Heineken is hoping to tap into the boom in lower-abv beers with the launch of a 2% Foster’s lemon-flavoured lager.
Foster’s Radler, a mix of Foster’s and natural lemon concentrate, hits shelves next month and is aimed at 18 to 25-year-olds seeking “moderation and refreshment”, according to Heineken.
In German, ‘radler’ literally means ‘cyclist’ and the word is now used to describe a refreshing shandy-style drink that was popularised by cyclists in the 1920s.
Radler-style beers performed well in Europe, said Heineken, which claimed its new lager would help develop a “mid-strength moderation category” that could be worth £300m.
The new drink will be sold in four, six, 12 and 15-packs of 300ml bottles alongside premium brand extension Foster’s Gold (4.8% abv), which launched in 2011.
Heineken is planning promotional activity including gondola end displays and an ad push from April.
The launch follows the rollout a year ago of Carling Zest, Molson Coors’ 2.8% abv citrus-flavoured lager.
The lower-abv beer category had been attractive to brewers following a change in duty rates in 2011 that means beers at 2.8% abv or below are charged 50% less tax than standard beer.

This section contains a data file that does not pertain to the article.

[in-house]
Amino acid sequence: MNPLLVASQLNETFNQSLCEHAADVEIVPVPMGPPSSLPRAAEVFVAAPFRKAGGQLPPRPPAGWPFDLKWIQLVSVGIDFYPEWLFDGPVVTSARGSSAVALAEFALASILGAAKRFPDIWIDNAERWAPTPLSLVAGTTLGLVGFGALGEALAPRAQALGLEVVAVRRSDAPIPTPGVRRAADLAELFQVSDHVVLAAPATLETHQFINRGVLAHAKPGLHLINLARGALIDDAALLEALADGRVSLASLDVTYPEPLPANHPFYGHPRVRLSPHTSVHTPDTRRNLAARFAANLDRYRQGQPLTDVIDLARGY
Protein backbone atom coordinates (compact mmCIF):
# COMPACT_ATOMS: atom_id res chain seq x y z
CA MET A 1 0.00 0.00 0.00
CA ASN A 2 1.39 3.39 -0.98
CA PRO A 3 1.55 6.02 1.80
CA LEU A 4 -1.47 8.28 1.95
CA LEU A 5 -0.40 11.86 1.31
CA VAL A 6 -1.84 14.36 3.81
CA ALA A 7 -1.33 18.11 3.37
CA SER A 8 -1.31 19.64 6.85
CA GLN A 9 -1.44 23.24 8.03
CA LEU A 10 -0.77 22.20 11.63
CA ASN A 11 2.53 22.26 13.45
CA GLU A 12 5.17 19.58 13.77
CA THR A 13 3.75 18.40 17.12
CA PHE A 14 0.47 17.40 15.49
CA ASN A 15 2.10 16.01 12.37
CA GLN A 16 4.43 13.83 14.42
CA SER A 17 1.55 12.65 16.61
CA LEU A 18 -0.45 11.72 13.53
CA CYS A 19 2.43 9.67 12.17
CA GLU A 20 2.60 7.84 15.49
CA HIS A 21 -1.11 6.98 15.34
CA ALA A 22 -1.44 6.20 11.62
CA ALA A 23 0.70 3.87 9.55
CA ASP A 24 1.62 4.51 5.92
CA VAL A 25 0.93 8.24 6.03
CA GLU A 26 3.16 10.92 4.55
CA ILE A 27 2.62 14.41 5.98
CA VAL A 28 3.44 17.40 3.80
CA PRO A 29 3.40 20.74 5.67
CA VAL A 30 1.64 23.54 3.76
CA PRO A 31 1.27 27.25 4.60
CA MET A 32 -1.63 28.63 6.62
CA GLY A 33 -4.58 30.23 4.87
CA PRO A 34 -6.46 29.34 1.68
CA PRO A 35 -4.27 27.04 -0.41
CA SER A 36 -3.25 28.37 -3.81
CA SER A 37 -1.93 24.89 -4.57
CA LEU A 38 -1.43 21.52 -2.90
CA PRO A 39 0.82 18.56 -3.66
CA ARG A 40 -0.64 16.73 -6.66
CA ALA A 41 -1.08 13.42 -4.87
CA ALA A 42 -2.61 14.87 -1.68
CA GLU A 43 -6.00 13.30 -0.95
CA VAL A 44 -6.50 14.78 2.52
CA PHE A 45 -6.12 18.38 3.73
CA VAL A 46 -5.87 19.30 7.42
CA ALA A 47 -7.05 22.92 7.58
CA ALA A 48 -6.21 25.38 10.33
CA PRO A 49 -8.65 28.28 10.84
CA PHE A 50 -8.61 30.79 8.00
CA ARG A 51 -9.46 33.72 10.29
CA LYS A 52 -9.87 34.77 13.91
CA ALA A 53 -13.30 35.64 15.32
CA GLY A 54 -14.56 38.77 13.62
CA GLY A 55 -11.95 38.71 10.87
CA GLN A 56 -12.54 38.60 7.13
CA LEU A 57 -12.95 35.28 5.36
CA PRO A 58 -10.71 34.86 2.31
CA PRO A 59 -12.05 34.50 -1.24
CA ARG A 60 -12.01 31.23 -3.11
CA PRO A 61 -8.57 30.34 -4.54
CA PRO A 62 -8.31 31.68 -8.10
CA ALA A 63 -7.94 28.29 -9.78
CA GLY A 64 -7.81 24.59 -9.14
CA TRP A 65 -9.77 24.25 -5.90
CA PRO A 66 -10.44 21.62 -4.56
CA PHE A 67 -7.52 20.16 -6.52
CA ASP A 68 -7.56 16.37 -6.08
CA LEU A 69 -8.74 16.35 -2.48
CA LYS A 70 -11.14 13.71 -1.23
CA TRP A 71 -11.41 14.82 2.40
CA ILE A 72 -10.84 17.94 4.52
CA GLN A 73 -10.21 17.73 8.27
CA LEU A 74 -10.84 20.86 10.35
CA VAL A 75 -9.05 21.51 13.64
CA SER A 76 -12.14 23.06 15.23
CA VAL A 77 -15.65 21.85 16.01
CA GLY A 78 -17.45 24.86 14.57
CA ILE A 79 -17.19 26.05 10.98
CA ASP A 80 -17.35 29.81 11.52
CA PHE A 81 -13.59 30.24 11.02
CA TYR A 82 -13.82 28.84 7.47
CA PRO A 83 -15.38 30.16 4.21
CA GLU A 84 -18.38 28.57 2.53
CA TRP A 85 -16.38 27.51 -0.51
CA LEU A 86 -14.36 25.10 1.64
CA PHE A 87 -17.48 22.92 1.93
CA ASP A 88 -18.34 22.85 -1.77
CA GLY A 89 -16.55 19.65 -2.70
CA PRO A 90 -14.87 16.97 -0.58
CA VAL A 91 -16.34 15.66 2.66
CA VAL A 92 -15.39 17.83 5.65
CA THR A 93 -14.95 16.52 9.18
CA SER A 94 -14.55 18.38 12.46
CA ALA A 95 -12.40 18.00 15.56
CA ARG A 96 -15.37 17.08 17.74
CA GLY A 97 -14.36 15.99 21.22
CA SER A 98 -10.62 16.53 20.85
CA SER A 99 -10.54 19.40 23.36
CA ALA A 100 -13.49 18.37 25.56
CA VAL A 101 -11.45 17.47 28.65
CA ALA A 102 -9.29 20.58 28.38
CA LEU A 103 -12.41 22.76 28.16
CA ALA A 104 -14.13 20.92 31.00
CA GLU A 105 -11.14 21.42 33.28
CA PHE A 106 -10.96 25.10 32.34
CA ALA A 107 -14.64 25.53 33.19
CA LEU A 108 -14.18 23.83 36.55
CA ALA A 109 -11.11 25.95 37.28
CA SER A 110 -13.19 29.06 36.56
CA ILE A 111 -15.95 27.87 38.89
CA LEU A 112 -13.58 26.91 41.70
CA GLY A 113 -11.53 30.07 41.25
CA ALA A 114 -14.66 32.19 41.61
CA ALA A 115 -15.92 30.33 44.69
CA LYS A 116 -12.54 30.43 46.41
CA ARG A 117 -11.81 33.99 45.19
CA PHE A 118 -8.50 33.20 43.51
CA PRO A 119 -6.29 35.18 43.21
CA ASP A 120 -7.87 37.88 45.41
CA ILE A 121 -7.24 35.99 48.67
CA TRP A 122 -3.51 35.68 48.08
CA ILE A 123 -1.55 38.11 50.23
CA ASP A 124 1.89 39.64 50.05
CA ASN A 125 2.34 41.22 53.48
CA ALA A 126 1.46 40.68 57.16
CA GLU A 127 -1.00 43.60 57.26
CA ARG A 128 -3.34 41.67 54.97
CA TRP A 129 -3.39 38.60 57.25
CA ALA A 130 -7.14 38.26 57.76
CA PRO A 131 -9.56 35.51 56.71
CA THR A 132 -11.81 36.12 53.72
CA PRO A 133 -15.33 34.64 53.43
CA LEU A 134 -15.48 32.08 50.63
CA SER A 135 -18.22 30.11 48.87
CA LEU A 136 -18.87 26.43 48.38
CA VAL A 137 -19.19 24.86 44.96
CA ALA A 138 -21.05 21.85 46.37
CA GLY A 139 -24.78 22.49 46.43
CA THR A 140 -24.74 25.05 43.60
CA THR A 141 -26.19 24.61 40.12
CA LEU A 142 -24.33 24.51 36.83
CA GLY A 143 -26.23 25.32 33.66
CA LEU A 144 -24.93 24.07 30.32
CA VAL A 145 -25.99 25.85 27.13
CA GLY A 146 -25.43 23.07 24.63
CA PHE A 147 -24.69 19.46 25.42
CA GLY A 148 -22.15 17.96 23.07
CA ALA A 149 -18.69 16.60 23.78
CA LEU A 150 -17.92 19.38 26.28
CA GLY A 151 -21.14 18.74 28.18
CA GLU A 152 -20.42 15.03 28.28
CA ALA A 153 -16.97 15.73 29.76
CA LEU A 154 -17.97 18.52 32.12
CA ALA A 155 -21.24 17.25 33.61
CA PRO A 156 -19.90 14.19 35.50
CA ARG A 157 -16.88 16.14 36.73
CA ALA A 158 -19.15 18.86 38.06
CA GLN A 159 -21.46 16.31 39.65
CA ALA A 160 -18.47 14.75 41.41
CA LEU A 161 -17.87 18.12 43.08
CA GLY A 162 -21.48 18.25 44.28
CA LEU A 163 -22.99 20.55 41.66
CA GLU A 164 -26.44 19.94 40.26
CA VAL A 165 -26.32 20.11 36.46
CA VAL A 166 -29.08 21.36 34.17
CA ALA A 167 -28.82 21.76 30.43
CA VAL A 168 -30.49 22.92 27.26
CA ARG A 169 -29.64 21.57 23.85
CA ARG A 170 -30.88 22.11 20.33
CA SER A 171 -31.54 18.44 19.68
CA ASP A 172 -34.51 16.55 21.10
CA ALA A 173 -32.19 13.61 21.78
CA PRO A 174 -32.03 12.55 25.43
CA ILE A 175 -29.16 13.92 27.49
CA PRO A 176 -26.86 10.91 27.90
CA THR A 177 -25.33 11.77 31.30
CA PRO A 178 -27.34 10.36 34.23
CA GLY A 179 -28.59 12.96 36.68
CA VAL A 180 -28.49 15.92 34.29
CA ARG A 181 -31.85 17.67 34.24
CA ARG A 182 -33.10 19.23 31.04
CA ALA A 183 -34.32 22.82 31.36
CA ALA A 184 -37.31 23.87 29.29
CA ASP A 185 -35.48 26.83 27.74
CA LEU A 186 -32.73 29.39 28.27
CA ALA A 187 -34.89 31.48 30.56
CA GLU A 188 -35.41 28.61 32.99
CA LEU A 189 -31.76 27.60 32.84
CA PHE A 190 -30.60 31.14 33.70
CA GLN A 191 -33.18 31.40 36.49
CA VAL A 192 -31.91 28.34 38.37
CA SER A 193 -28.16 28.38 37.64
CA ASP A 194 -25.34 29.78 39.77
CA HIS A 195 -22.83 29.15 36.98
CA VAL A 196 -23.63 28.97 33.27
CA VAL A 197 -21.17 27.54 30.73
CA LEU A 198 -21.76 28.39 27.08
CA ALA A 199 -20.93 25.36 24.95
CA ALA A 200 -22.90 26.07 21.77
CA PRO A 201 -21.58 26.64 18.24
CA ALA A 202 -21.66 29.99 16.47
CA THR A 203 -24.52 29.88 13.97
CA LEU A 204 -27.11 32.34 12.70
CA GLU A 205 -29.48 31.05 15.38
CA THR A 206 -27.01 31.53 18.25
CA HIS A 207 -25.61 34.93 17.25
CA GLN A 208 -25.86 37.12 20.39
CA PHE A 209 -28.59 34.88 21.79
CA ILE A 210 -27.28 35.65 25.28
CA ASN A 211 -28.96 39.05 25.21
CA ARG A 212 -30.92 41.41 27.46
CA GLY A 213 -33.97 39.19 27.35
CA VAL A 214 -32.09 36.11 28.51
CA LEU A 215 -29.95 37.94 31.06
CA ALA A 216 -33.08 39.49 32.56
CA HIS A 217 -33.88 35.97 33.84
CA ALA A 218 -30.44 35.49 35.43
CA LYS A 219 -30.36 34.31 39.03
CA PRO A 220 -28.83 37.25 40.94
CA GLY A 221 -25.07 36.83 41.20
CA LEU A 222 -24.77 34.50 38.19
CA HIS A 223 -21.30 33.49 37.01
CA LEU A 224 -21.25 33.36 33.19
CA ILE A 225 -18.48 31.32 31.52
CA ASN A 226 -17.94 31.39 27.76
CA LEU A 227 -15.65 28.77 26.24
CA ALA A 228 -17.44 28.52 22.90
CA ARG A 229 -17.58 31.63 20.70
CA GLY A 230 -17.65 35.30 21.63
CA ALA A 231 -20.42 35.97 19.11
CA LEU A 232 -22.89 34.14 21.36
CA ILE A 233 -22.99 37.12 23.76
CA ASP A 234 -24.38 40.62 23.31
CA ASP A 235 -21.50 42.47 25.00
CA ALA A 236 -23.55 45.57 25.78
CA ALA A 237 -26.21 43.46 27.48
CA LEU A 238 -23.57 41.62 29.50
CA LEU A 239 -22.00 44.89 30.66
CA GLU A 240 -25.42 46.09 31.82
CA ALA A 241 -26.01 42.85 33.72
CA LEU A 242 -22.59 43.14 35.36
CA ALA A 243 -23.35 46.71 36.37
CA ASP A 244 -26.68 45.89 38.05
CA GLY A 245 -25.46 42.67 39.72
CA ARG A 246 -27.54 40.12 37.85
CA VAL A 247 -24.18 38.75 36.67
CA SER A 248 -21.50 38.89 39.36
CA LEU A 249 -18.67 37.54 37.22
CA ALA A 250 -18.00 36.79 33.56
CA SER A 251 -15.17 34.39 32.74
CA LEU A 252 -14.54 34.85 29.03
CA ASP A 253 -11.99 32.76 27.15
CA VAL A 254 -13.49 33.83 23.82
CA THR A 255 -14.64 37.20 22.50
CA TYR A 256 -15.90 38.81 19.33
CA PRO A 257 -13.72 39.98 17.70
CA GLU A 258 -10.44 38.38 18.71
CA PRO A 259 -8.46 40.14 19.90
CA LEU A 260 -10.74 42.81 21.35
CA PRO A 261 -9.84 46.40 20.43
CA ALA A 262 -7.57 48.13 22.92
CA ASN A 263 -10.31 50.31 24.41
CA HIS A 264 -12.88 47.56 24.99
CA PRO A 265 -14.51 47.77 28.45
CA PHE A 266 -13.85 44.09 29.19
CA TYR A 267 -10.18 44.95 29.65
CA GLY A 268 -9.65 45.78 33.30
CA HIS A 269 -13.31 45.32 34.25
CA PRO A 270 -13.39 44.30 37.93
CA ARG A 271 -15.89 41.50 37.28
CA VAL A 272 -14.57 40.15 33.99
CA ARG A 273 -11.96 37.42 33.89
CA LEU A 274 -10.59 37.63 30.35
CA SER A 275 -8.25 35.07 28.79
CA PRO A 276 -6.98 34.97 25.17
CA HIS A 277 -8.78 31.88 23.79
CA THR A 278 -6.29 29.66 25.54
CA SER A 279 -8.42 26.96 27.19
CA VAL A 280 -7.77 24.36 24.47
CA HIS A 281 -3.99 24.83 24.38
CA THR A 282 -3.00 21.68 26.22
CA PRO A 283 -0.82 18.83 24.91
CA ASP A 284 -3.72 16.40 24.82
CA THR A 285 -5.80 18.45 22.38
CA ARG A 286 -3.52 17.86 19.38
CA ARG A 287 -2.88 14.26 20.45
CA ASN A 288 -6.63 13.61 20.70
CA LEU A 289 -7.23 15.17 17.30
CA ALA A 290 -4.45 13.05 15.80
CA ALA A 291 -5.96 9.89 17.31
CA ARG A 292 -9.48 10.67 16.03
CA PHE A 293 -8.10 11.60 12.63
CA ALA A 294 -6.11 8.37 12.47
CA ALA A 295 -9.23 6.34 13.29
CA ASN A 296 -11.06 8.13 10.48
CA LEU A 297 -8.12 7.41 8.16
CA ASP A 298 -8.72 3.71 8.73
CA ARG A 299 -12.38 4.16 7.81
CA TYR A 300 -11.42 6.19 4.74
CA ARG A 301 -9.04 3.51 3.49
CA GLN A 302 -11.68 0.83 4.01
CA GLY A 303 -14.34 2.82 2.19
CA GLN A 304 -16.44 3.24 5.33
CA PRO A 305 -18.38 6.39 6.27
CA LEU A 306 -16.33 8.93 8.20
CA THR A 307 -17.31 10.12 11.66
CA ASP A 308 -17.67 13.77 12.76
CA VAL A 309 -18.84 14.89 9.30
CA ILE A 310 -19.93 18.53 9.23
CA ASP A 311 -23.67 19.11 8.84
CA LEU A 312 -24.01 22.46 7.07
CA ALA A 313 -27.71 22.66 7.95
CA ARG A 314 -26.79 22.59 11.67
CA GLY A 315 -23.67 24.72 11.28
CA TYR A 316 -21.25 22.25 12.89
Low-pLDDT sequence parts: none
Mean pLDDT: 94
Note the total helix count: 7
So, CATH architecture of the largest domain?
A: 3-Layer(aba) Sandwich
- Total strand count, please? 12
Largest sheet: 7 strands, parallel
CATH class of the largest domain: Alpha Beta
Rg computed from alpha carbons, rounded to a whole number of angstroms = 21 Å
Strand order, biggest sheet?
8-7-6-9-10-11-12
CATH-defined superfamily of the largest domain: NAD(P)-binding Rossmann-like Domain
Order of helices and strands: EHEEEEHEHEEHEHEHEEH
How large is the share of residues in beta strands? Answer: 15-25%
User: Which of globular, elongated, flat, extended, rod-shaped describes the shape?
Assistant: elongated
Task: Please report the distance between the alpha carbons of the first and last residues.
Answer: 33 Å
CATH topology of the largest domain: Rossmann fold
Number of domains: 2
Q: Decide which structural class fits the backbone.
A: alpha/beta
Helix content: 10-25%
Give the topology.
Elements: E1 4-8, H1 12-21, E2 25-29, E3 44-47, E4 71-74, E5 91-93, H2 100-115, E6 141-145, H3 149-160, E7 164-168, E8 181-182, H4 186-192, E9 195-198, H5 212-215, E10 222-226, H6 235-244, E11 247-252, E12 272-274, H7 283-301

The change prompted a flurry of launches that have helped to drive a 39% year-on-year hike in sales of beers at 3.3% abv or below to around £62m - or about 1.7% of beer market [Nielsen 52 w/e 5 January 2013].
The overall beer market, on the other hand, is struggling - 2012 had the lowest final-quarter volumes in 14 years, according to BBPA figures.
“The lower-abv market is still very small but is showing strong volume growth, which is something seen in few drinks categories at the moment,” said Nielsen analyst Helen Stares.